Animal self-medication is a lot more widespread than previously thought, according to a University of Michigan ecologist and his colleagues.
Animals use medications to treat various ailments through both learned and innate behaviors.
The fact that moths, ants and fruit flies are now known to self-medicate has profound implications for the ecology and evolution of animal hosts and their parasites, according to Mark Hunter, a professor in the Department of Ecology and Evolutionary Biology.
In addition, because plants remain the most promising source of future pharmaceuticals, studies of animal medication may lead the way in discovering new drugs to relieve human suffering, Hunter and two colleagues wrote in a review article titled Self-Medication in Animals, published online this week in the journal Science.
“When we watch animals foraging for food in nature, we now have to ask, are they visiting the grocery store or are they visiting the pharmacy?” Hunter said. “We can learn a lot about how to treat parasites and disease by watching other animals.”
Much of the work in this field has focused on cases in which animals, such as baboons and woolly bear caterpillars, medicate themselves.
One recent study has suggested that house sparrows and finches add high-nicotine cigarette butts to their nests to reduce mite infestations.
But less attention has been given to the many cases in which animals medicate their offspring or other kin, according to Hunter and his colleagues.
Wood ants incorporate an antimicrobial resin from conifer trees into their nests, preventing microbial growth in the colony. Parasite-infected monarch butterflies protect their offspring against high levels of parasite growth by laying their eggs on anti-parasitic milkweed.
Hunter and his colleagues suggest that researchers in the field should “de-emphasize the ‘self’ in self-medication” and base their studies on a more inclusive framework.
“Perhaps the biggest surprise for us was that animals like fruit flies and butterflies can choose food for their offspring that minimizes the impacts of disease in the next generation,” Hunter said.
“There are strong parallels with the emerging field of epigenetics in humans, where we now understand that dietary choices made by parents influence the long-term health of their children.”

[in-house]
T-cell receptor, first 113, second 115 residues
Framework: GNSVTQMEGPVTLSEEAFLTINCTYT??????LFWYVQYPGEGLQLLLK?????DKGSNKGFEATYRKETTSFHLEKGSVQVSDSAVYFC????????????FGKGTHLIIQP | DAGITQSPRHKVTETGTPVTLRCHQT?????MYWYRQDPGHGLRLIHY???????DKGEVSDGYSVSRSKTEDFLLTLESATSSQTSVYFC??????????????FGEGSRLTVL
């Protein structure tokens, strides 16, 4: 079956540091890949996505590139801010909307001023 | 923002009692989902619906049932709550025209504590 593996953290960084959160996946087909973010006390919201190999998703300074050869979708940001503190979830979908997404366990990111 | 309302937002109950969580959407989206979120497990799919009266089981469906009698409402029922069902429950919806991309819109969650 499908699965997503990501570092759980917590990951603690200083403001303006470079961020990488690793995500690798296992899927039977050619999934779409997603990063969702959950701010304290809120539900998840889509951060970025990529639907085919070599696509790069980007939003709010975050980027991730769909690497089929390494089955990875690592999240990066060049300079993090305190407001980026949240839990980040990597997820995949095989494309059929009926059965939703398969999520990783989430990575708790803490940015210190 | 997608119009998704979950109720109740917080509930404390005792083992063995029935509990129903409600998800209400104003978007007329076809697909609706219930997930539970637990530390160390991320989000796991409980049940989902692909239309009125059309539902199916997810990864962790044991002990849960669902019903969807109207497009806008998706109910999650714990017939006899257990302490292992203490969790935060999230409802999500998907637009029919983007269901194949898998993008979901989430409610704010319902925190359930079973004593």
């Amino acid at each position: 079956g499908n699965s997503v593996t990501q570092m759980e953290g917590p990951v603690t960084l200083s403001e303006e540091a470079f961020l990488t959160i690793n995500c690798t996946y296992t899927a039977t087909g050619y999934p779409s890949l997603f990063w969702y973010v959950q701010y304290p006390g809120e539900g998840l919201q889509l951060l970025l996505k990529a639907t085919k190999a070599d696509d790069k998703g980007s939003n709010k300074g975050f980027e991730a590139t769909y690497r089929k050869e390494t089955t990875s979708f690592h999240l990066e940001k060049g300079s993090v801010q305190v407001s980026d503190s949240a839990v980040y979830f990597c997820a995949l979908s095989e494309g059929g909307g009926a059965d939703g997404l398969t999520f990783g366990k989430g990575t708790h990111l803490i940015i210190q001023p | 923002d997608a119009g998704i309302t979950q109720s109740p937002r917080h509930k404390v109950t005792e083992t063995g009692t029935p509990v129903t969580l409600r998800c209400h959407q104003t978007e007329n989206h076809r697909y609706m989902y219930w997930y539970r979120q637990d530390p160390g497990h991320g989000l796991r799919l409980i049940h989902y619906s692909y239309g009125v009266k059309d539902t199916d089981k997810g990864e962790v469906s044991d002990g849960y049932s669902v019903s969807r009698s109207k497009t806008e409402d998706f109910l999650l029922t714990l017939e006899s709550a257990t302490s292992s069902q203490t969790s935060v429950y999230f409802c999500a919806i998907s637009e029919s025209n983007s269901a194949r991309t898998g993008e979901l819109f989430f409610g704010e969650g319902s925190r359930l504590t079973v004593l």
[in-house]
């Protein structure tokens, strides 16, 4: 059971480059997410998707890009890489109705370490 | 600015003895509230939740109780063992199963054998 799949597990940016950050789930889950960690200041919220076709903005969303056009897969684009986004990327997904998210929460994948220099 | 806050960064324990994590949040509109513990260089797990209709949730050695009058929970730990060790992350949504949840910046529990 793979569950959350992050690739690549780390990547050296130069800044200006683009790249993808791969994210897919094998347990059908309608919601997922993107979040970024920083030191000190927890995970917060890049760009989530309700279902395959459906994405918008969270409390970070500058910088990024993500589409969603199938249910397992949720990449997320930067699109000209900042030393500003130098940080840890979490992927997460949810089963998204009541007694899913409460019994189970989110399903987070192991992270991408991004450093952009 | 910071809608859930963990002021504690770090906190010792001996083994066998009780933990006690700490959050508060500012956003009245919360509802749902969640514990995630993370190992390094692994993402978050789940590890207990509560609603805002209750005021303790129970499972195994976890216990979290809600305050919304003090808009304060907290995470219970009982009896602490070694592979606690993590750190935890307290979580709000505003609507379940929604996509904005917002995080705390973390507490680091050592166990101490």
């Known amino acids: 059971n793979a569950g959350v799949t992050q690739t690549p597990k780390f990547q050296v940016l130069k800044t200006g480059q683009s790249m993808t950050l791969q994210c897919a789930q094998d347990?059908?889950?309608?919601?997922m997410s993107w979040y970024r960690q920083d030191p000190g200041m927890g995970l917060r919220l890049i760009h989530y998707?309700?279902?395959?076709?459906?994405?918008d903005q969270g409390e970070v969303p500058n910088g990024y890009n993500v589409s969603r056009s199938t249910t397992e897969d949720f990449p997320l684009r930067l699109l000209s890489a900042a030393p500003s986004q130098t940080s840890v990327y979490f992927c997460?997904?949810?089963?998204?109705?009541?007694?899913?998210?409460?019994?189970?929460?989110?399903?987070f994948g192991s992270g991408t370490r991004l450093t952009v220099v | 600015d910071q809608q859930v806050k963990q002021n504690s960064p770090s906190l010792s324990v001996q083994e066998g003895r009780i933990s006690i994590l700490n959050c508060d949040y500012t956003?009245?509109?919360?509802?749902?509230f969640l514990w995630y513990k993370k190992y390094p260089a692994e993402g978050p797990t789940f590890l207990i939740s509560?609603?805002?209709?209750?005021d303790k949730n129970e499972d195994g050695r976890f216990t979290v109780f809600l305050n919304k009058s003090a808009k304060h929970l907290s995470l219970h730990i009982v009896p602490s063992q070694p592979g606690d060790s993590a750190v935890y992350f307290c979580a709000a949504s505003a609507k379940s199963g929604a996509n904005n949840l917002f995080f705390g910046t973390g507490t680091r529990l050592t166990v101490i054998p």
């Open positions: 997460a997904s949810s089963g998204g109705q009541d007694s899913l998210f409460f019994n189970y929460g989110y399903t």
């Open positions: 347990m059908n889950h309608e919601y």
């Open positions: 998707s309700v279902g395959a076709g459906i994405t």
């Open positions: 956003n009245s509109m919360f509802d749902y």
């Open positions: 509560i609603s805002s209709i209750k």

The authors argue that animal medication has several major consequences on the ecology and evolution of host-parasite interactions. For one, when animal medication reduces the health of parasites, there should be observable effects on parasite transmission or virulence.
For example, when gypsy moth caterpillars consume foliage high in certain toxic compounds, transmission of viruses between the caterpillars is reduced, facilitating moth outbreaks.
In addition, animal medication should affect the evolution of animal immune systems, according to Hunter and his colleagues. Honeybees are known to incorporate antimicrobial resins into their nests. Analysis of the honeybee genome suggests that they lack many of the immune-system genes of other insects, raising the possibility that honeybees’ use of medicine has been partly responsible — or has compensated — for a loss of other immune mechanisms.
The authors also note that the study of animal medication will have direct relevance for human food production. Disease problems in agricultural organisms can worsen when humans interfere with the ability of animals to medicate, they point out.
For example, increases in parasitism and disease in honeybees can be linked to selection by beekeepers for reduced resin deposition by their bees. A reintroduction of such behavior in managed bee colonies would likely have great benefits for disease management, the authors say.
The first author of the Science paper is Jacobus de Roode of Emory University. The other author is Thierry Lefevre of the Institut de Recherche pour le Developpement in France.